Japan again chose to keep silent at the ongoing Group of Seven (G7) summit on the US’ calling on its allies not to send diplomatic representatives to the Beijing Winter Olympic Games, which experts said demonstrates that Japan is in a dilemma, as on one hand, China fully supported it in holding the 2020 Olympics, but on the other hand, the Japanese government worries that any positive gesture to China at this time would affect a potential meeting between their new prime minister and Biden.
Foreign ministers of the G7 nations on Saturday each put forward their positions on the Beijing 2022 Olympics, a Japanese delegation source was quoted as saying in a report by the Mainichi Newspaper, as the US takes the lead in announcing not sending diplomats to the event.
Speaking on the first day of the two-day meeting, Japanese Foreign Minister Yoshimasa Hayashi said that Tokyo will make a decision at an appropriate time after comprehensively taking into account various issues, according to the source, the Mainichi Newspaper.
Japanese Prime Minister Fumio Kishida made similar remarks on Thursday in Tokyo. “I will make a judgment by myself at an appropriate time after comprehensively taking into account various issues in consideration of national interest,” Kishida said.
The Kishida government is in a dilemma over whether to send officials to Beijing Winter Olympic Games 2022, observers said. Japan should show good faith in return after China gave its full support to the Tokyo 2020 Olympic Games and 2022 will mark the 50th anniversary of the normalization of diplomatic relations between China and Japan, but it is being forced to pick sides as the US launched the so-called “diplomatic boycott” and coerced its allies to follow suit, observers explained.
Da Zhigang, director and research fellow of the Institute of Northeast Asian Studies at Heilongjiang Provincial Academy of Social Sciences and chief expert at the Northeast Asian Strategic Studies Institute, told the Global Times on Sunday that he believes Tokyo is unlikely to send Cabinet members or even lower-profile officials to the Beijing Winter Olympics given domestic pressure, especially from the conservatives of the ruling Liberal Democratic Party (LDP) and the negative signals at the G7 meeting.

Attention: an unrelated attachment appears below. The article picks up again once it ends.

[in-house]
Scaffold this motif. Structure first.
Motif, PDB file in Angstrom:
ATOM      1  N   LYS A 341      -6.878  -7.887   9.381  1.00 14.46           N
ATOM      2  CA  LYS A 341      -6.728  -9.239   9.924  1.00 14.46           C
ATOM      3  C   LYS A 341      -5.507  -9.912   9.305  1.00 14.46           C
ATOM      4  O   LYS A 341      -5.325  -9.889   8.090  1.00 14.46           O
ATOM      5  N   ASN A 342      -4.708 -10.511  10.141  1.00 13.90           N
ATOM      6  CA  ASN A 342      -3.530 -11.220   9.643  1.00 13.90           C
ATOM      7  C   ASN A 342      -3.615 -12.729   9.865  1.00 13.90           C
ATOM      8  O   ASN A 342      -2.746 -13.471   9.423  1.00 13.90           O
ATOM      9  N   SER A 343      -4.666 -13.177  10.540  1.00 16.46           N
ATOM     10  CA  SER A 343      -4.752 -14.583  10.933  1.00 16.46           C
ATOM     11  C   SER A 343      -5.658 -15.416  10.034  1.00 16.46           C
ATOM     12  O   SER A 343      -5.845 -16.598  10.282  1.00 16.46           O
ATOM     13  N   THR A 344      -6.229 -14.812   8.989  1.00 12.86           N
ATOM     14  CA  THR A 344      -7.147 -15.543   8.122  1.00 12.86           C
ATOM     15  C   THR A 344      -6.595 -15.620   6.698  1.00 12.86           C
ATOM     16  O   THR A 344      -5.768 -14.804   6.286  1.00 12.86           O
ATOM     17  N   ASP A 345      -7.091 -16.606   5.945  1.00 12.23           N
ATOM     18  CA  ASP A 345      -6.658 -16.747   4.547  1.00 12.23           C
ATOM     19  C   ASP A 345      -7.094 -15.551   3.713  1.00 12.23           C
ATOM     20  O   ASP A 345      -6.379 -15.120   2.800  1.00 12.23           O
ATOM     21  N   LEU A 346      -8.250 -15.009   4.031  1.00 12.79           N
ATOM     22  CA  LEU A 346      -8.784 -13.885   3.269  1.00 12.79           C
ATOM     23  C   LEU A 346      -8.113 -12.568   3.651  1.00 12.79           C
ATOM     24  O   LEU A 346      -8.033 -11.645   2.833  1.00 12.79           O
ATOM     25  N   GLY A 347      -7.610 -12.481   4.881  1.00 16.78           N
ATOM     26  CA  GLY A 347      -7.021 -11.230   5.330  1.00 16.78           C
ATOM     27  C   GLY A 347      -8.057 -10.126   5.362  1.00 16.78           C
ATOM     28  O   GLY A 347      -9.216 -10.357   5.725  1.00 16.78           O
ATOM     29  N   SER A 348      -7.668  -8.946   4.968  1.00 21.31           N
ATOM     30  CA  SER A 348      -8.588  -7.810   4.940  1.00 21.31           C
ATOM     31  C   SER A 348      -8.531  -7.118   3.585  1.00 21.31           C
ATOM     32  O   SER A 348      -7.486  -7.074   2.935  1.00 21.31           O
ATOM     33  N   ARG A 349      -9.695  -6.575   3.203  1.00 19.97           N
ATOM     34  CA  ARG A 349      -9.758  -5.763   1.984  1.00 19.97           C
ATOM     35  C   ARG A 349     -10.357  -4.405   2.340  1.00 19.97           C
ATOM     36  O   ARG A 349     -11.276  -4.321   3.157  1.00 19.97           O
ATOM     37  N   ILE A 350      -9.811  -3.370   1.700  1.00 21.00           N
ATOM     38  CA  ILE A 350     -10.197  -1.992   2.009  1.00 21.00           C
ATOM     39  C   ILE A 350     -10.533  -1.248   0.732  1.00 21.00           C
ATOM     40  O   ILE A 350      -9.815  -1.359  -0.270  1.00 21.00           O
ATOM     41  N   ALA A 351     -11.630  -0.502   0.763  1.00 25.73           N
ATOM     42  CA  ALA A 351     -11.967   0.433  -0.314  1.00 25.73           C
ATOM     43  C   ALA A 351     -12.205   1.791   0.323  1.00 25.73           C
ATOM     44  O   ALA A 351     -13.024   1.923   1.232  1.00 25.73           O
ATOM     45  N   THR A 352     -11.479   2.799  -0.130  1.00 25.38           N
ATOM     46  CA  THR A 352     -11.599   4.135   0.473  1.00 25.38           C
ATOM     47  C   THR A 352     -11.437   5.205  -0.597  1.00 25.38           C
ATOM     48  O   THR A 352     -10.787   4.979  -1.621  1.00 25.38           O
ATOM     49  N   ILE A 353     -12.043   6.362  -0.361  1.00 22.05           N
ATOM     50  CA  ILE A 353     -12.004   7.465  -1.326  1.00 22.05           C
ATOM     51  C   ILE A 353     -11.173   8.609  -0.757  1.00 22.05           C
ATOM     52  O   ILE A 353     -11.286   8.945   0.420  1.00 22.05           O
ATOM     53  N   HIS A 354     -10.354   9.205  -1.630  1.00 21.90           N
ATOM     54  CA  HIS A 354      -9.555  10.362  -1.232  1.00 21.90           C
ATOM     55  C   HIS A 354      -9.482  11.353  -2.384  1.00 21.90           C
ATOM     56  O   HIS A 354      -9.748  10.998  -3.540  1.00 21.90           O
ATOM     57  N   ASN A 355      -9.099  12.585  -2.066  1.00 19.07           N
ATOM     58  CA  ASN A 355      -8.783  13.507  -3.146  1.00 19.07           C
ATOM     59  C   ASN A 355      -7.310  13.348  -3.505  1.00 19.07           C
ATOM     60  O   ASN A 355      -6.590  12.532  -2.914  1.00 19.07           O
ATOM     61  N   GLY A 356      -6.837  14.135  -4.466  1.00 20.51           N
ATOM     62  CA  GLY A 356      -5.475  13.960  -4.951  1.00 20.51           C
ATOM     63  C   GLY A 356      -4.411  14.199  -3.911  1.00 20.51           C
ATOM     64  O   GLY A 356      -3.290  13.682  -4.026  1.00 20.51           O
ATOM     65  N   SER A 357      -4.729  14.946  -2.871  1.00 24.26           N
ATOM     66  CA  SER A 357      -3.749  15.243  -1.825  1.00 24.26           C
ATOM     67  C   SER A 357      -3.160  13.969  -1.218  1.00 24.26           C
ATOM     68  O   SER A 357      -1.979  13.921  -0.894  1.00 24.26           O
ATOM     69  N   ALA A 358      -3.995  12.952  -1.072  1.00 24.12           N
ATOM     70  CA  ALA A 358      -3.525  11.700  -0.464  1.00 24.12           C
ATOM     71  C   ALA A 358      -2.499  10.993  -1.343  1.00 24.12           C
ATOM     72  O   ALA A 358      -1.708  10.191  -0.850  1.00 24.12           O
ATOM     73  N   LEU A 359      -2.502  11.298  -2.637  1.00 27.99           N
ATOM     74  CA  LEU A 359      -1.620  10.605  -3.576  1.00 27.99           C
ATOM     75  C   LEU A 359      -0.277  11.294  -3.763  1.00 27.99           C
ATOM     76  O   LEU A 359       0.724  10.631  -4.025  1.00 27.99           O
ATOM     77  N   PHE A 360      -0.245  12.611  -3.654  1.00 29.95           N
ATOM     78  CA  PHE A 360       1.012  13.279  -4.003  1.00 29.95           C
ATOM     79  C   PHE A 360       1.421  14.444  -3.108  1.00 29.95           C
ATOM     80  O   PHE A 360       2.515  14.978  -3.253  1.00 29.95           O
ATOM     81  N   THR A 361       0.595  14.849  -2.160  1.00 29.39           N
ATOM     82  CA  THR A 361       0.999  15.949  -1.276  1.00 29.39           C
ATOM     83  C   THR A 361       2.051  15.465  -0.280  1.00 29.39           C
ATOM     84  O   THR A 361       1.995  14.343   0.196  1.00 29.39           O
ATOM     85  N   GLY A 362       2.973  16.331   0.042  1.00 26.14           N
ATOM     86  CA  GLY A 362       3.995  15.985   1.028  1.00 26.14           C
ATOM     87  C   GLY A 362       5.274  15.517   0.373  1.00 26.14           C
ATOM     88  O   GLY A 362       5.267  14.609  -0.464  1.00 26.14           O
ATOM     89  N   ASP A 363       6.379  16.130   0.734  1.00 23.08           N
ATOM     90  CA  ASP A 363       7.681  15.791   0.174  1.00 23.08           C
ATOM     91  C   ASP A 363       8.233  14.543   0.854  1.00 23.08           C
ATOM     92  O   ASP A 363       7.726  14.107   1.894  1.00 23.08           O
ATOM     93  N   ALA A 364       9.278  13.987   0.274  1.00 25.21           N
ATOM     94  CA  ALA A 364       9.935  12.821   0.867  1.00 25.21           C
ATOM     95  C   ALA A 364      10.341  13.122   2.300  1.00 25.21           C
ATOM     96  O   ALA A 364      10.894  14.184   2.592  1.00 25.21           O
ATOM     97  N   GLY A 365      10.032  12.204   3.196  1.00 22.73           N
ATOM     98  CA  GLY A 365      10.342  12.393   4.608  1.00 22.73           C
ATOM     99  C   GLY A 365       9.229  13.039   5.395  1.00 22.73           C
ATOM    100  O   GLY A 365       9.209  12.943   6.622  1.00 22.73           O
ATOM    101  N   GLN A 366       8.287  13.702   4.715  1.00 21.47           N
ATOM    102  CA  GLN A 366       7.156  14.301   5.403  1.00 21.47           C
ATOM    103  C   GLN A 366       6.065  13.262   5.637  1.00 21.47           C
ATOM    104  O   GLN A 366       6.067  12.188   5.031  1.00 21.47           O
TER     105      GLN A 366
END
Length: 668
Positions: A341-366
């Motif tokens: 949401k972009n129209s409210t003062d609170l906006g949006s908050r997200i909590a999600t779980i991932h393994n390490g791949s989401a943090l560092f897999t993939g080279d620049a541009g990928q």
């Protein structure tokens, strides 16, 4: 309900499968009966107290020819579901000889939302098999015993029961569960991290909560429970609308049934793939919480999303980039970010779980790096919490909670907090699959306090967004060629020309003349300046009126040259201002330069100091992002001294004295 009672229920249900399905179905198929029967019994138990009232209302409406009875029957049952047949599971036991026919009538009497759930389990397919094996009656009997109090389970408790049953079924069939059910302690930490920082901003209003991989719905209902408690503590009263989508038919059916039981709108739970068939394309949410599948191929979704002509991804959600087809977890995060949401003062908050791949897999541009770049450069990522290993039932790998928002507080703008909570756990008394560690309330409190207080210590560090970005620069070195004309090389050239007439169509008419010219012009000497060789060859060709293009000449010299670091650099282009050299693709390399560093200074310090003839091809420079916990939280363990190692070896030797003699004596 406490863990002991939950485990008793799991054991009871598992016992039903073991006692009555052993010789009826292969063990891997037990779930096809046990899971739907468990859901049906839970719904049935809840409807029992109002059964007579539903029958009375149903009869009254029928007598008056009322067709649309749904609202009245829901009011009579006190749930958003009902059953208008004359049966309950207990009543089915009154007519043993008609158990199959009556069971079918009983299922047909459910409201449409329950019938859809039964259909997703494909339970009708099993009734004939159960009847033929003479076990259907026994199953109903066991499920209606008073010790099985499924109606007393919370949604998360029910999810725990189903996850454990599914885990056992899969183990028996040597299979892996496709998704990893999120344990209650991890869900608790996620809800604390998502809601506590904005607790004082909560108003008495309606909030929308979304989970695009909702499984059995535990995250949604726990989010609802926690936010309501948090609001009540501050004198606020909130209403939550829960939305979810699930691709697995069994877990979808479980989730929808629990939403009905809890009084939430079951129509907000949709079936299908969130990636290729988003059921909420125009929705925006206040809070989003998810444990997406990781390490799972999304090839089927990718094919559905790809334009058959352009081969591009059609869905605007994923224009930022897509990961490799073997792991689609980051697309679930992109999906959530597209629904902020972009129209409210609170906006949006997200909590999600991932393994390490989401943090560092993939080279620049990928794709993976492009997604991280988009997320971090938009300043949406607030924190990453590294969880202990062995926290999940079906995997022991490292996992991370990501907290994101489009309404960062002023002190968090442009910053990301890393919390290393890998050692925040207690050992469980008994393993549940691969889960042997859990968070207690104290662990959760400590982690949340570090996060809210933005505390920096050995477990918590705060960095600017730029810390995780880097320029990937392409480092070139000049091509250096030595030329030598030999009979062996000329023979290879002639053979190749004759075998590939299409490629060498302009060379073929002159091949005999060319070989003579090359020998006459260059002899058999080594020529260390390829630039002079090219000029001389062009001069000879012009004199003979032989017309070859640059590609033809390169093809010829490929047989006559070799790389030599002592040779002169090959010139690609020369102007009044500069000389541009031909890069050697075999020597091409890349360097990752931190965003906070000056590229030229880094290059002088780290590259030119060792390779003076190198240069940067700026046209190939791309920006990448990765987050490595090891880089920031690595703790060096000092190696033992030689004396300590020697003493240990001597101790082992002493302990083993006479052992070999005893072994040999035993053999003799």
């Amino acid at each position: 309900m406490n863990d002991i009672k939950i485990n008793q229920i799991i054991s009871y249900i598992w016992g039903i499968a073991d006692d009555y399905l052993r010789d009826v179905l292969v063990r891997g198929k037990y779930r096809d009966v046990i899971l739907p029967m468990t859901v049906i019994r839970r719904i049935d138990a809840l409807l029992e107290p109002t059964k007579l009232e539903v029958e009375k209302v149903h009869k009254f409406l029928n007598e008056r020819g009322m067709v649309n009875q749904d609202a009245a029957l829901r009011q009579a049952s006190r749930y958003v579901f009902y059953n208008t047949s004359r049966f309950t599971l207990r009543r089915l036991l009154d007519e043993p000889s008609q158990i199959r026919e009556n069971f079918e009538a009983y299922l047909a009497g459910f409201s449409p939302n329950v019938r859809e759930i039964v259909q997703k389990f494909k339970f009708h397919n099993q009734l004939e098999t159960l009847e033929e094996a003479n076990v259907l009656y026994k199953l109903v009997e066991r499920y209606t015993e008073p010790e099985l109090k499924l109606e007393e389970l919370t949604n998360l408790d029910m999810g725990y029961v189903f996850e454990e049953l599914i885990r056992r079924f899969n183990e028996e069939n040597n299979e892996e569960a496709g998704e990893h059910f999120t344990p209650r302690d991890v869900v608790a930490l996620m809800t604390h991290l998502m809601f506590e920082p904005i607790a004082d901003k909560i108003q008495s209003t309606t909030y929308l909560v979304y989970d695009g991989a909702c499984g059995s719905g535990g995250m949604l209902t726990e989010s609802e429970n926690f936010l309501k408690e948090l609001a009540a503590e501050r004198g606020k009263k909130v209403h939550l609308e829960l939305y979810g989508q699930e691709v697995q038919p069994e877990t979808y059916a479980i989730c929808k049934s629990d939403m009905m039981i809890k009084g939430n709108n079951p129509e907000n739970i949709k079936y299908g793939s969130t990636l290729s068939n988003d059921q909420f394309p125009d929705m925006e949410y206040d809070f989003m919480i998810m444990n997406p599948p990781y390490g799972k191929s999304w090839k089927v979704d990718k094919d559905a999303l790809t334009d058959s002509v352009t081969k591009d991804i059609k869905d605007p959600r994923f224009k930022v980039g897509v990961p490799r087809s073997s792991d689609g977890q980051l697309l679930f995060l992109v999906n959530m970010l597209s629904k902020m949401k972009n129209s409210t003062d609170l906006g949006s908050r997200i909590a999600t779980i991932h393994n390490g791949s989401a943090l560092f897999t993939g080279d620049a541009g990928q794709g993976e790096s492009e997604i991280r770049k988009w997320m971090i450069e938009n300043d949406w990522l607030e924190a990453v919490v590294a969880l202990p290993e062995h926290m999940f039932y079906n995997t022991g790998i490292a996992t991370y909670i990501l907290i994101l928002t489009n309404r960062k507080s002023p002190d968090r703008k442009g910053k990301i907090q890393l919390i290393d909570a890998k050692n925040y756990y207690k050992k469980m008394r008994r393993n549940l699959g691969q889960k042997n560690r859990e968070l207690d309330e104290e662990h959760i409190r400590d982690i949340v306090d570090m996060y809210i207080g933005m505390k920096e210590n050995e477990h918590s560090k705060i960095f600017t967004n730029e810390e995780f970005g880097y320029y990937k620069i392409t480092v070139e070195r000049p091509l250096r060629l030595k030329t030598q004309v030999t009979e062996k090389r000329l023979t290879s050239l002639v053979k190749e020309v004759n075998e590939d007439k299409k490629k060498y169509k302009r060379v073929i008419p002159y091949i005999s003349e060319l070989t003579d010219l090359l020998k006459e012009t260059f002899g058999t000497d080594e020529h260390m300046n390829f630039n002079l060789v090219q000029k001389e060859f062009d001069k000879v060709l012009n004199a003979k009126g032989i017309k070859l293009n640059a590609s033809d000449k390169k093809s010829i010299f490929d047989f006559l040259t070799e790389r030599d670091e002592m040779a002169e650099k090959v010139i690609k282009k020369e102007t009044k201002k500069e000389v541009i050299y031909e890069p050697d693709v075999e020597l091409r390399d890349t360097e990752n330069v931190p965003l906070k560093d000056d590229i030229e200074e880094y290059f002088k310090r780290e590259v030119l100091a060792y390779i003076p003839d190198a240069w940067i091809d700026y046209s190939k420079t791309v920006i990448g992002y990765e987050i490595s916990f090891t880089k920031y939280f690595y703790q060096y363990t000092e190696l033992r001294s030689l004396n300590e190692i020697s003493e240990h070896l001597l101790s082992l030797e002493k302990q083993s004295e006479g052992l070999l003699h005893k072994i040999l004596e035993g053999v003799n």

Citing Japanese media which revealed that Tokyo is considering sending lower-level officials to the Games instead, with Koji Murofushi, director-general of the Sports Agency, and Yasuhiro Yamashita, president of the Japanese Olympic Committee, proposed as potential delegates, Da said the proposal met a backlash from the LDP after strong conservative forces in the party have pushed the Kishida government to voice support for the “diplomatic boycott” in a timely manner.
“For Kishida, Tokyo 2020 chief Seiko Hashimoto would be the better delegate to attend the Games instead,” Da believes.
After taking office in October, Kishida has been eager to visit the US to meet US President Joe Biden as soon as possible, Da said, noting that to this end, Tokyo is flattering Washington.
However, Washington is allegedly not satisfied with Kishida who appointed Hayashi as Japanese foreign minister because Hayashi was seen as holding a “pro-China” stance, Da said. To shake off this “pro-China” label, Hayashi made provocative remarks at the G7 meeting over China’s so-called human rights issues and the Taiwan question, which can be seen as one of the efforts by the Japanese government to please Washington, Da noted.
Not only Japan, G7 members Germany and Italy have yet to officially announce their decision on whether to join the US’ political campaign. France defied the US’ calls on Thursday. Only the UK and Canada among G7 followed the US. Experts said this reflects an internal split over the issue.
Li Haidong, professor at the Institute of International Relations of the China Foreign Affairs University, believes these two European countries are more likely to show diplomatic independence and would not just follow the US on the issue.
While slamming Washington which weaponized and politicized the sports event in an attempt to attack China, Li said the two European countries would decide after taking into account their national interests and relations with China.
The split in opinions over the Beijing 2022 issue among G7 nations again reflects that the West is divided and the US no longer has the power to gain a mass and united response in the West, which is a doomed result for the superpower, Li noted.